ORGenWeb Pioneer Biographies

Oregon Pioneer Biographies


 

Joseph Henry Savery
by Thelma Pearson Brasseur

Joseph Henry and Tracy Savery
Joseph Henry and Tracy Savery

Aged pioneer Who Crossed Plains in 1852 Passes Away Dallas, Or, April 11 - Joseph Henry Savery, who was born in Indiana, 23 Oct 1832, and died 9 April 1911, crossed the plains in 1852 with his father and mother, arriving in Polk Co. OR in 1853. They located about 2 miles north of here, where he had made his home most of the time since. Mr. Savery did blacksmith work for a few years ago, when he gave up his work and moved with his family to Dallas.

Mr. Savery passed away April 9 at the age of 77 years 6 months and 13 days. Surviving him are his wife and 4 sons - Ora, of Portland, W. Ralph of Salt Creek, Or, Henry of Dallas and Tracy of Portland. Mr. Savery was a well respected citizen of Dallas, and his death will be mourned by a large circle of friends. -Scrapbook 36, p. 37; OR Historical. Soc. Lib.; Portland, OR

J. H. SAVERY was born in Floyd county, Ind., October 23,1832, the descendant of a line of southern people. The father, GREEN BERRY, was born near Lynchburg, Ky., December 24, 1804, the son of Henry and Agnes (Edwards) Savery. When a young man G. B. Savery removed to Floyd county, Ind., and there met and married a daughter of Kentucky, Catherine Sears, born October 16, 1808. Her parents had recently removed to Indiana, as presenting more opportunities than the state which they had left. From Indiana Mr. Savery took his family to Illinois, in 1838. In 1846 they again removed, seeking now a desirable location in Iowa, living in both Wapello and Jefferson counties. At length Mr. Savery gathered together his worldly goods in seven wagons drawn by seven yoke of oxen, and joined an emigrant train bound for Oregon, under the command of William Carter.

Rodney Coulter and wife Katherine Savery, Bertie and Ora Savery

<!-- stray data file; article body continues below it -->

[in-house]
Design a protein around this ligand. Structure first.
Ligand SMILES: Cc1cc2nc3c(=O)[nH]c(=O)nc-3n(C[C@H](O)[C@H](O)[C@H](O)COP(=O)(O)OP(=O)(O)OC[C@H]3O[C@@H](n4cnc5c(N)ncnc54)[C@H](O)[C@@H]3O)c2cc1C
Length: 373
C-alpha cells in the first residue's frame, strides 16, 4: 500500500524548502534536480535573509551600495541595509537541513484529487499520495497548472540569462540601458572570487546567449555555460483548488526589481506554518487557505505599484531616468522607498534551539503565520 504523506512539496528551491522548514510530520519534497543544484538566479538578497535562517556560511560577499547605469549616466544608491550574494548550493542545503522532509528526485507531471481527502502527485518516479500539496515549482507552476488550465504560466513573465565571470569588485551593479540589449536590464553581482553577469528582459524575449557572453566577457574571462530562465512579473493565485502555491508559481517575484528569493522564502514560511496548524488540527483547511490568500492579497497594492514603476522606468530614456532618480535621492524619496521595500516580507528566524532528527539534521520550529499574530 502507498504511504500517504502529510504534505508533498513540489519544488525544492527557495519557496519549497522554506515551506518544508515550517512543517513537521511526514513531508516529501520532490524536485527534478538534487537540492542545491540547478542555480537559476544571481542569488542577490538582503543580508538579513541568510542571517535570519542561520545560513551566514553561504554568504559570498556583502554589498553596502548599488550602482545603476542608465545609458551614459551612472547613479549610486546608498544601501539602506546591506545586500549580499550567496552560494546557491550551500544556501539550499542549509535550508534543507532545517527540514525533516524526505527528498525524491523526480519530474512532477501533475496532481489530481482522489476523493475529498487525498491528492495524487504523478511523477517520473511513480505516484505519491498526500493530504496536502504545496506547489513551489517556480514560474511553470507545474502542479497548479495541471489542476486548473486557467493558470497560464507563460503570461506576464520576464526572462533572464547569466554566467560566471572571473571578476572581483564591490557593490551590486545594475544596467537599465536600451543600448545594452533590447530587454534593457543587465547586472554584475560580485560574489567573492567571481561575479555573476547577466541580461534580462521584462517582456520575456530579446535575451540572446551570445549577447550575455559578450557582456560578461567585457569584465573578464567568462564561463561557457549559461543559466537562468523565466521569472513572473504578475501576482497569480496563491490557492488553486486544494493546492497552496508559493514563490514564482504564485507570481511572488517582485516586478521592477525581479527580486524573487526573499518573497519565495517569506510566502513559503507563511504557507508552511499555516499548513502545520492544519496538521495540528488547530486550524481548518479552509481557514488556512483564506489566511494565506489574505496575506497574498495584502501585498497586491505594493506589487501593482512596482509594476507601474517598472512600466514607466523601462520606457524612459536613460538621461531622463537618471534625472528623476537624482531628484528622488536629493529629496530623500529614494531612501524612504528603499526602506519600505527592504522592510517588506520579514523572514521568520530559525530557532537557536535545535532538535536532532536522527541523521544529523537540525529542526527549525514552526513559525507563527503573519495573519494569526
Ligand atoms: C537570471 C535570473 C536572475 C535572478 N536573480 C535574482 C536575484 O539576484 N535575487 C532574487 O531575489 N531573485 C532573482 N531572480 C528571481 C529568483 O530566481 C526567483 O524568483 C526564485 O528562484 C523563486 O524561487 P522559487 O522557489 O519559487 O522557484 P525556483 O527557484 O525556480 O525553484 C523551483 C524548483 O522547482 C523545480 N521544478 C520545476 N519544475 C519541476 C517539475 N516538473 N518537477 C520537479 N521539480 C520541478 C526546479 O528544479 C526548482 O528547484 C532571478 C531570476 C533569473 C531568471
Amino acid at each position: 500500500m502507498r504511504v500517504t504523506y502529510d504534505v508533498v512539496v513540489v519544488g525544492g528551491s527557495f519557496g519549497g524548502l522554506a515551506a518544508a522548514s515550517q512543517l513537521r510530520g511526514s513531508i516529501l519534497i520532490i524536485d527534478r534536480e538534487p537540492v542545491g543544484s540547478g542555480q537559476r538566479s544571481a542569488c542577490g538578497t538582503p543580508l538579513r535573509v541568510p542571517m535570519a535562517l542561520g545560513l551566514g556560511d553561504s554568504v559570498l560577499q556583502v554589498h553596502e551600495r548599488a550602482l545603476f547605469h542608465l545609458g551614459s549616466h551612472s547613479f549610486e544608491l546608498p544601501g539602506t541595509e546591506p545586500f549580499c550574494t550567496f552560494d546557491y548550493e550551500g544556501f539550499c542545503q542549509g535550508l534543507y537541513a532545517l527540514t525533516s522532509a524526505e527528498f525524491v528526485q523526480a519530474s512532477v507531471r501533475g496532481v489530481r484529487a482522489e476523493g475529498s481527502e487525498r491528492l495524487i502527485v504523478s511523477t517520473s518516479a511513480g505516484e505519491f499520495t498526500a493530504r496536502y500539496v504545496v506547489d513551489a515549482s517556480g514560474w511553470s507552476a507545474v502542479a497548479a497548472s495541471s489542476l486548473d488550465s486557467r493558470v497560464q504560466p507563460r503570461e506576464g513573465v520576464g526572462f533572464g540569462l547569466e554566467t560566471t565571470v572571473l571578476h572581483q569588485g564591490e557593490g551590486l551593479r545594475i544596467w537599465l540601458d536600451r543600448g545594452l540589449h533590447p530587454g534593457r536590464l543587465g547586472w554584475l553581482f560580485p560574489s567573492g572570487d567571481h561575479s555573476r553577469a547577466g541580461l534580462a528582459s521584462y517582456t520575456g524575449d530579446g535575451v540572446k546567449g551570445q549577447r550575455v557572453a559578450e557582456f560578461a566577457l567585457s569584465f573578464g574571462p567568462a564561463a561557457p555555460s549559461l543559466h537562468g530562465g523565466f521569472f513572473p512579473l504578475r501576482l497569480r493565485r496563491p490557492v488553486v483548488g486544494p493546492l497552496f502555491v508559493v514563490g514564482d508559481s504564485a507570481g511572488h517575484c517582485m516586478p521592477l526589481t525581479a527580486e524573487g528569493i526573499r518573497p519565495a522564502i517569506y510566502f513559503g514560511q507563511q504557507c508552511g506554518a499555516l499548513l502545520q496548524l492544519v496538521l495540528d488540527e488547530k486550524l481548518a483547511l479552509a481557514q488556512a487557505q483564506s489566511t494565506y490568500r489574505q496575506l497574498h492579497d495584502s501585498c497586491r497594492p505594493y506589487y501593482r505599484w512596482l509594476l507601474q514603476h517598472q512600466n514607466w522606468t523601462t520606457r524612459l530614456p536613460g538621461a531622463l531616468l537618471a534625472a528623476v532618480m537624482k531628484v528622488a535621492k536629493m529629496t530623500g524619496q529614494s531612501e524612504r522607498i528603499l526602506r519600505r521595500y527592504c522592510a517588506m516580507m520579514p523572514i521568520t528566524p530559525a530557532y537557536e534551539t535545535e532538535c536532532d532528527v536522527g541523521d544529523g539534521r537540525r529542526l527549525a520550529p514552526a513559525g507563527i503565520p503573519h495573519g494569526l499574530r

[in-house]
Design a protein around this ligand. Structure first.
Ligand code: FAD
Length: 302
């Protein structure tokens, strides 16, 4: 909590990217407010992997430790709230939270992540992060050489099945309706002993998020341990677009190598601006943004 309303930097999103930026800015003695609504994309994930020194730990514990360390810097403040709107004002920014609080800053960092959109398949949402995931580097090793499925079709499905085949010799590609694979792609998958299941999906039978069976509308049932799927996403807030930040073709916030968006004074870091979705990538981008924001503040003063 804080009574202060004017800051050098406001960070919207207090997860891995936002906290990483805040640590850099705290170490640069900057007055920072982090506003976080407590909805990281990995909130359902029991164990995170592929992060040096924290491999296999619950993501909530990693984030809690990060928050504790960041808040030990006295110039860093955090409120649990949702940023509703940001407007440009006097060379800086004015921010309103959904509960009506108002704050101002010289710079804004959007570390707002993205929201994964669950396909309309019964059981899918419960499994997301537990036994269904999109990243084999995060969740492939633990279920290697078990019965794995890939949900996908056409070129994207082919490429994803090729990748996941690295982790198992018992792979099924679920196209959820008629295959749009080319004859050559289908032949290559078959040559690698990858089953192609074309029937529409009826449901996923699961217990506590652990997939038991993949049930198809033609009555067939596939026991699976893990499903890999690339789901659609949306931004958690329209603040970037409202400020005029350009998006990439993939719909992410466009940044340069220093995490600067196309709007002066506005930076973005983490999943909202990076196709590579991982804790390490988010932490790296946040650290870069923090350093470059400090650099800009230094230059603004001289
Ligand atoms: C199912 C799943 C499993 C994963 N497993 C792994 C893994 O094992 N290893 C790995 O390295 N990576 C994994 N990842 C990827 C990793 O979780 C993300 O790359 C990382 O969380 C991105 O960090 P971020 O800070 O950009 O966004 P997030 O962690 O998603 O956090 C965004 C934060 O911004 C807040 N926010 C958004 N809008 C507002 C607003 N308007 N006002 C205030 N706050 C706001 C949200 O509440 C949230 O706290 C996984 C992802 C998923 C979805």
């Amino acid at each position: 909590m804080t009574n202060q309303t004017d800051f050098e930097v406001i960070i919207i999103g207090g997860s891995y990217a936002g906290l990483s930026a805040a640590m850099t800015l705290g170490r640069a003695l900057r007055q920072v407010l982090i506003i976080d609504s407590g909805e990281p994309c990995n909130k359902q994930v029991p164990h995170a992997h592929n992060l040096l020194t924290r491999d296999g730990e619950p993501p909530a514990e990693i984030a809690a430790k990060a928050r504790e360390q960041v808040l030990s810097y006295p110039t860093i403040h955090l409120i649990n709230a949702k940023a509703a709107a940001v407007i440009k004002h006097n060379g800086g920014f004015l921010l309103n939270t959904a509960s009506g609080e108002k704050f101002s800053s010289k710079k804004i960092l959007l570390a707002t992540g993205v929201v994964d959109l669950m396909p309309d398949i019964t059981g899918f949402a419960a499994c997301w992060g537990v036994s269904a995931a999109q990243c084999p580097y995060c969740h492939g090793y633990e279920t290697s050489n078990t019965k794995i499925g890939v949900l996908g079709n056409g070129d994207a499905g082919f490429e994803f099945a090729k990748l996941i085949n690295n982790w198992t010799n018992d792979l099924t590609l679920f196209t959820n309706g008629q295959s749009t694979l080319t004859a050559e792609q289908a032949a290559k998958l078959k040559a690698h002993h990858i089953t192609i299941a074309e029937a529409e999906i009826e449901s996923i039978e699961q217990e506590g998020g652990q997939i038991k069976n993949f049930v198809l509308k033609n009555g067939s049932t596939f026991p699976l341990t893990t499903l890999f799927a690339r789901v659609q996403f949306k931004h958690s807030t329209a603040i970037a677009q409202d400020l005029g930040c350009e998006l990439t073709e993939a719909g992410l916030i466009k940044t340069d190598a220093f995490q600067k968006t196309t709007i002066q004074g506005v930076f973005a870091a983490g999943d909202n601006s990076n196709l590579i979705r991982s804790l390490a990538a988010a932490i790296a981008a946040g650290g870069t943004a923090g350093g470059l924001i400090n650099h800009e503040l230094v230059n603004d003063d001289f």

Rodney Coulter and wife
Katherine Savery, Bertie and Ora Savery

The journey was begun April 23, 1853, and ended October 23, of the same year. The members the emigrant train parted company in Perrydale, Polk county, Ore., Mr. Savery, his wife and son, J. H. Savery, of this review, going to a location a little farther north, where the father took up a donation claim consisting of three hundred and twenty acres, of which three hundred and twelve acres are still owned by the son. This farm was located near Ballston, a convenient market. The father and mother passed their years in this home until their death, after which it passed into the hands of their son J. H. Savery, as he was the only child born to their union. Here Mr. Savery now lives, giving his time and thought to the painstaking cultivation of his property, one hundred and sixty acres being in active cultivation. He is at present engaged in general farming and stock-raising.

Joseph Henry Savery, Jr.
Joseph Henry Savery, Jr.

April 12, 1870, Mr. Savery married Hulda Jane Kimsey, who was born two and a half miles north of Dallas, December 14, 1851. Her father, John F. Kimsey, was a native of Alabama who crossed the plains in 1847. Five children have been born to Mr. and Mrs. Savery, all but one of whom are living. They are as follows: Ora, Ralph, John T., Henry and Tracy. Mr. Savery has served in several minor offices, having been supervisor and school director for some time. Fraternally, he is a member of the Grange of Salt Creek, in which he is past master. He is a Socialist in his political affiliations. - Portrait and Biographical Record of the Willamette Valley; Chapman, 1903;p. 1474

Joseph Henry Savery was born October 23, 1832, in Floyd county, Indiana near the City of Bradford; crossed the plains with his parents in 1853. He lived with his parents and served as constable for his father and was appointed postmaster of Salt Creek on the 9th day of November, 1868, and served till the office was discontinued in 1872. He married Hulda Jane Kimsey, daughter of John F. and Macy Kimsey, April 12, 1871. To this union was born five sons: Ora born April 5, 1872 and married Alice B. Coulter, September 7, 1910; William Ralph born May 6, 1878, married Lydia Ethelwynn Sears, May 6, 1903; John Tolbert, Jr., born February 24, 1883, died September 12, 1897; Joseph Henry, Jr., was born December 15,1884. He married Miss Grace T. Ottinger, November 4, 1905; Tracy, born August 1, 1887, was married to Edna E. Bohle, February 9, 1921.

Tracy Savery and Betty Bohle
Tracy Savery and Betty Bohle

Mr. and Mrs. Savery lived on the farm on Salt Creek, but his health failing, they moved to Dallas, June 25, 1905, where he passed away April 9,1911, at his home on 511 Jefferson St., Dallas, Oregon, where his widow, Hulda Jane Savery still resides. ^^^

Note that Hulda's name is spelled several ways, but Hulda is how she spelled it.

Huldah was born on the John F. Kimsey donation land claim, a short distance north of Dallas.